Over the holidays, the bums and I dug deep through our crania in search of great ideas that we could sell to great companies to get big bucks. My best idea was attachable pockets so that pocketless attire might become functional. Luckily, better thoughts have come along. While I won’t get rich off of them, they might make my meals tastier and cheaper.
Buy cilantro, parsley and mint. Don’t even panic that they will whither into brown sewage in the back of the vegetable drawer. No. Take a knife to each bunch. Chop and freeze immediately. Remember it is there chilling. Sprinkle generously on soups, beans or rice dishes.
A mousse in the garage
My first recipe of the year is lemon mousse. Obviously from the “Moosewood Cookbook.” I must say that it will be difficult to make this dessert without an electric mixer. If you’ve got one, though, this lemon treat is a fluffy alternative to cakes, cupcakes or fruitcakes. Plus, this is a recipe calling for a mere five ingredients!
A moose in the garage
One of my New Year’s Resolutions, brought to you by my bum colleague Mike, was to cook more and blog more. Thumbing through Bittman’s “Everything” book for inspiration aroused my only critique of his masterpiece. It is so big! The breadth of choices and variations upon variation of those options leaves me wondering how to pick a meal. So I’m deciding to keep a moose in the garage in 2012. A moose? I am adopting “The New Moosewood Cookbook” as my source of simple vegetarian fare. Mollie Katzen’s vegetarian cookbook was originally published in 1977, one of the original collections of meatless recipes. I may be a vegetarian, since I restrict my meat intake for financial and environmental reasons. But I must admit to being at a lifetime record high of enjoying pork and beef! Nonetheless, when Katzen says cookbooks exist in people’s lives, “for the simple purpose of getting a few ideas for good things to cook and eat, and sometimes they have come out with more,” it seems fitting to use “Moosewood” as inspiration for the family blogshare.
On your next trip to the store, grab a gnarly garlic root and add it to your cart. It’s super cheap and will take your stir fry to the next level. I just peeled about a half inch, sliced thin rings and added them with the garlic.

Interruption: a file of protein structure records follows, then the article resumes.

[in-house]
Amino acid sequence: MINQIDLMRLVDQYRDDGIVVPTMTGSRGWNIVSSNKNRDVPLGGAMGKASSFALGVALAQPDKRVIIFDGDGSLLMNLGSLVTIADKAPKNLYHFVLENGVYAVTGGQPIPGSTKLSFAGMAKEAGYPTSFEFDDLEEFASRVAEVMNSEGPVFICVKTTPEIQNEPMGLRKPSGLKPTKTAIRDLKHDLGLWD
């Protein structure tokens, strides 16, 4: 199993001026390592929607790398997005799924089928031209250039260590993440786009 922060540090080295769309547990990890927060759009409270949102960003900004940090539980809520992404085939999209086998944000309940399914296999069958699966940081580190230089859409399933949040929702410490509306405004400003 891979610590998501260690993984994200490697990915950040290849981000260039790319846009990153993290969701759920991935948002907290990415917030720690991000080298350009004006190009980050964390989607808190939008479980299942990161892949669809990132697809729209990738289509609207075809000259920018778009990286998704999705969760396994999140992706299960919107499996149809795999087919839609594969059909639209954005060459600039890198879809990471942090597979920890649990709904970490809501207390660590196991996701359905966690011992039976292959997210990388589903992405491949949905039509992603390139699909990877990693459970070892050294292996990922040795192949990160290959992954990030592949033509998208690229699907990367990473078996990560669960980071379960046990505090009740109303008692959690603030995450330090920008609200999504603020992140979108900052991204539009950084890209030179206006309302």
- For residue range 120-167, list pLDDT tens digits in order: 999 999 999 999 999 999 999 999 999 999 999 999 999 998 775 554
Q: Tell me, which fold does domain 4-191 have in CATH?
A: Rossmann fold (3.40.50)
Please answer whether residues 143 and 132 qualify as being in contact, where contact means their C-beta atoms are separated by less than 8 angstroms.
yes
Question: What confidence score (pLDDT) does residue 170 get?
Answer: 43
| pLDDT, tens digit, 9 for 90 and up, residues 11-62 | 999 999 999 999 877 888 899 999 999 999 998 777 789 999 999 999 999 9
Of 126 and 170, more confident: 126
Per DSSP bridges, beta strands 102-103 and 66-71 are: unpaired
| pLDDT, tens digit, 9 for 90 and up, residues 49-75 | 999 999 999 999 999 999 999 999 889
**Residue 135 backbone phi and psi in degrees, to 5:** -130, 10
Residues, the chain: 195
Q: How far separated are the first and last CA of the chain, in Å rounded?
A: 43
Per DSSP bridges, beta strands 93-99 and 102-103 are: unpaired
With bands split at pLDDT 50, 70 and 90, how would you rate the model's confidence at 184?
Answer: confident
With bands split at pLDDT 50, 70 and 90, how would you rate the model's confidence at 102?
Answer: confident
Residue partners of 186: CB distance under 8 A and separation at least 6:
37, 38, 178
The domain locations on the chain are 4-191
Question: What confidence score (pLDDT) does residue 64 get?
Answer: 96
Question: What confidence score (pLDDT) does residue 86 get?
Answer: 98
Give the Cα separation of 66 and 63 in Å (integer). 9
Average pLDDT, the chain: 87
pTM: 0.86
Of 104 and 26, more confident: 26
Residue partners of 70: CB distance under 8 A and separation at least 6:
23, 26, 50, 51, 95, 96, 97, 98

Grocery Report: New CapabilitiesTo build a kitchen on a minimal budget is to encounter triumphant peaks and desolate valleys. On this week’s grocery run, for example, I found to my disappointment that I have not yet cracked the “cheese barrier” and am stuck with yogurt as my sole dairy for seven more days.
To my great delight, however, I splurged on Balsamic vinegar! Thanks to a previous oil purchase, I’m now completely vinaigrette-eligible. To that end, I’ve added to my existing broccoli stalk and beefed up on onions and bell peppers ($1 each on reds and yellows — seems like a great deal but I can’t tell).
Other welcome purchases include:
- Four (!) - pound tub of peanut butter (mainly for oatmeal enhancement)
- Jar of raspberry preserves (ibid.)
As well as Crumbs and Bums Kitchen newcomers:
- Bananas (finally getting in the fruit game!)
- Lemon and two limes (ibid; get ready to actually have flavor, pinto beans)
- Sourdough bread — thank Heaven for manager’s discounts; keep smooshing those loaves, guys.
I still pine for my home state’s trademark foodstuff, but I may not have long to wait; this week’s double-down on oats and rice should free up space on the ledger for some Parmigiano Saturday next! With that I will have taken another small but meaningful step away from involuntary veganism.
I fried extra spuds and put them away in the fridge before adding the egg component. Maybe they’ll show up later in the week!
My first potato dish is a variation on the spanish tortilla, a potato omelet. In Spain I was always surprised when my glass of wine or cup of beer was accompanied by a perfect square of egg and potato. I enjoyed the appetizer freely, and abused it as conversational bait when speaking with a Spaniard. How do you cook your tortilla? How many times do you flip it? Knowing that everyone had their unique style and unique recipe, down to the shape of potato chunks. Disks or chunks or cubes?
While I’ve never really tried to recreate a veritable Spanish omelet, I have taken to frying potatoes, and sweet potatoes, with onions and garlic. For the eggs, I scramble a few in a bowl. Then I transfer the hot, cooked spuds from the stove, into the bowl to soak up the yoke. This helps the mixture congeal a little before I dump the entire mix in the same, original pan and cook it to imperfection.
It’s potato week. Buy spuds: sweet, Russet, yellow, or Yukon. Get busy and show us what you’ve got.
If you make a week’s worth of pinto beans now, that’s another $1.79 you’ll have next week to buy … a bell pepper? A squash?